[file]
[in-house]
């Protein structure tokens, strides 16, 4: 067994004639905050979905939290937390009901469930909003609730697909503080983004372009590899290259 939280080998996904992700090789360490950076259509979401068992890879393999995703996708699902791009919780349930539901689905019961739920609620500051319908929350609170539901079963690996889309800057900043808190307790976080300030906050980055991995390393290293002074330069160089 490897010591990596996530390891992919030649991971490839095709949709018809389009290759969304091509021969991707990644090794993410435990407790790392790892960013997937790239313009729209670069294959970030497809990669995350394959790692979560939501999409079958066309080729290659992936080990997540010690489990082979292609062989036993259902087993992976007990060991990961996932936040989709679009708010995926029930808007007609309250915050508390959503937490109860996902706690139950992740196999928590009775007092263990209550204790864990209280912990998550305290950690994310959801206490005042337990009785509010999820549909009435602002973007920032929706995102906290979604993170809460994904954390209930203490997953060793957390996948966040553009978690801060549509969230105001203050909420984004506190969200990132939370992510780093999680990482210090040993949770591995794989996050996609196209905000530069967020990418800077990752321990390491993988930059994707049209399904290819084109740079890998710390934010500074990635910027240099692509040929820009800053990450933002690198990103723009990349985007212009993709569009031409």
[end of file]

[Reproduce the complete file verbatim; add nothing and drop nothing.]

[in-house]
């Protein structure tokens, strides 16, 4: 067994004639905050979905939290937390009901469930909003609730697909503080983004372009590899290259 939280080998996904992700090789360490950076259509979401068992890879393999995703996708699902791009919780349930539901689905019961739920609620500051319908929350609170539901079963690996889309800057900043808190307790976080300030906050980055991995390393290293002074330069160089 490897010591990596996530390891992919030649991971490839095709949709018809389009290759969304091509021969991707990644090794993410435990407790790392790892960013997937790239313009729209670069294959970030497809990669995350394959790692979560939501999409079958066309080729290659992936080990997540010690489990082979292609062989036993259902087993992976007990060991990961996932936040989709679009708010995926029930808007007609309250915050508390959503937490109860996902706690139950992740196999928590009775007092263990209550204790864990209280912990998550305290950690994310959801206490005042337990009785509010999820549909009435602002973007920032929706995102906290979604993170809460994904954390209930203490997953060793957390996948966040553009978690801060549509969230105001203050909420984004506190969200990132939370992510780093999680990482210090040993949770591995794989996050996609196209905000530069967020990418800077990752321990390491993988930059994707049209399904290819084109740079890998710390934010500074990635910027240099692509040929820009800053990450933002690198990103723009990349985007212009993709569009031409």